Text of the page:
Eye-Stinging Beijing Air Risks Lifelong Harm to Babies
As doctors tended the patients snaking through the ground floor of Beijing Children’s Hospital last week, it wasn’t the raspy throats and watery eyes caused by the city’s acrid air that concerned Li Pu most. It was the potential for lifelong lung damage and behavioral changes.
Li, a pediatrician focusing on early childhood development, is finding evidence of the cumulative toxic effect that pollution is having on children. It suggests that the acute sickness triggered this year by some of Beijing’s worst smog- cloaked days may be a prelude of chronic illnesses, such as heart disease, decades later.
“Even if children are being exposed for a short period, it may still have a cumulative effect on them in the future,” Li said in an interview. “Beijing has seen a lot more days with serious smog since the start of January.”
Urban air pollution is a global problem. Researchers at Columbia University studying clogged air and pregnancy in New York found pollution reduced intelligence and increased the risk of behavioral problems when babies reached school-age. Still, Beijing is among the worst offenders. Air quality in the Chinese capital deteriorated beyond World Health Organization safe limits every day last month as smoke from coal-powered generators, factory emissions, car fumes, and dust amassed over the city of 20 million people.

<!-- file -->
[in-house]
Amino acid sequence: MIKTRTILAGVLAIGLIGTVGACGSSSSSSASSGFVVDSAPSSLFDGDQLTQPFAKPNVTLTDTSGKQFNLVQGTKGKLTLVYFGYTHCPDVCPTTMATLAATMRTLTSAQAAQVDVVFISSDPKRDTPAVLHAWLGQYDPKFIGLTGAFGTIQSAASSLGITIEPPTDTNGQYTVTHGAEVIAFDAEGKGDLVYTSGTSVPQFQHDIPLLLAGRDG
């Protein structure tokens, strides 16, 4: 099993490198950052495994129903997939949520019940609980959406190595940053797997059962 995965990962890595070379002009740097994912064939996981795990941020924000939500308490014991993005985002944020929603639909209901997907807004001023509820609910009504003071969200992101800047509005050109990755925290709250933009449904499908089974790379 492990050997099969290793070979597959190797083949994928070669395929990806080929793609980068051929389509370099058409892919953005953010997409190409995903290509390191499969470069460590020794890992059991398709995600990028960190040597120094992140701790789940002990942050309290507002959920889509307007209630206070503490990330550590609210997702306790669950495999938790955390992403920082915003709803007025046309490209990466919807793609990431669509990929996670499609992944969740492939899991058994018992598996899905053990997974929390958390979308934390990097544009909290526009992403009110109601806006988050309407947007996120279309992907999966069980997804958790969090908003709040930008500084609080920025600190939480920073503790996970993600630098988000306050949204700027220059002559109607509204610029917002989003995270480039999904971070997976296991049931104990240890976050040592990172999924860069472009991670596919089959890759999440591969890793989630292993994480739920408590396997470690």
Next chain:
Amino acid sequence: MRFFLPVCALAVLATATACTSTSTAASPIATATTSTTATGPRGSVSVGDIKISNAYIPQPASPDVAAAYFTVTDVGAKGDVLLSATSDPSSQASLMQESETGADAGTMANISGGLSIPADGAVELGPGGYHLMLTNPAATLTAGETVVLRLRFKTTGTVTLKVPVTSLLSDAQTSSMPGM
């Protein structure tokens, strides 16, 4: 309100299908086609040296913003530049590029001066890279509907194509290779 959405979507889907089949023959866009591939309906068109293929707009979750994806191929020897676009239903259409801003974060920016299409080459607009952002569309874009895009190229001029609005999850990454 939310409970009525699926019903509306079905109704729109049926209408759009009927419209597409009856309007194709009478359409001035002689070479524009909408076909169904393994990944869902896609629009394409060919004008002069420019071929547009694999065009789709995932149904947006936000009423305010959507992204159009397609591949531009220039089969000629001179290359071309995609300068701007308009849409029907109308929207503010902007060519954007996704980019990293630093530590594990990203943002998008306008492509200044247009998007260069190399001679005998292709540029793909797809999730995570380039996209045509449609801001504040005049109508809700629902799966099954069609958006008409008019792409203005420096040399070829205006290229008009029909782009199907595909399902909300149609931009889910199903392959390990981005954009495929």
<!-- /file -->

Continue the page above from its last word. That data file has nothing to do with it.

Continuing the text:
The World Bank estimates China has 16 of the world’s 20 most-polluted cities. A U.S. Embassy pollution monitor showed air quality in Beijing reached hazardous levels for 20 days last month.
China’s State Council on Feb. 6 issued a timetable for stricter car fuel emissions standards to be adopted nationwide by the end of 2017, and required domestic oil refiners to upgrade their equipment to provide cleaner fuel to match the strictest European Union standards. Since Feb. 1, Beijing has required new cars to meet the higher standards, becoming one of the first cities in China to do so.
“Levels of the past few weeks are frightening,” said Susan Mango, a Harvard University microbiology professor, who has been debating whether to travel to China with her teenage son. “I worry about the damage the pollution could do to a child.”
Pollutants are especially dangerous for infants and children younger than 3 years as their organs are still developing, said Li, who is a senior consultant at New Century International Children’s Hospital, the private arm of Beijing Children’s Hospital. Admissions increase during days of serious air pollution, she said, adding that hospitalization rates for 2013 haven’t been released yet.
At Beijing Children’s Hospital, sick children and their parents began queuing before 6 a.m. on Jan. 31 after pollution reached “hazardous” levels for a fifth straight day. Within 30 minutes of the 8 a.m. opening of the hospital’s respiratory and ear, nose and throat clinics, 80 percent of the 137 consultation available were taken.
“I brought my son into the city center for only half a day and his face swelled up and he’s been feeling sick for the last three days,” said Wang Shuzhi, 34, who lives on the city’s outskirts, as she cradled her 3-year-old son. “Not enough is being done to cut the pollution.”
$112 Billion Cost
Foul air hastened the deaths of more than 8,000 people in Beijing, Shanghai and two other major Chinese cities last year, a report by Greenpeace and Peking University found. Labor and health-related losses linked to pollution cost the Chinese economy $112 billion in 2005, the Massachusetts Institute of Technology estimates.
Companies across Beijing have sought to protect the health of their current employees while facing the prospect of increasing difficulties in enticing staff to a city grappling with pollution levels that Li Keqiang, set to become China’s next premier, has said will take time to reduce.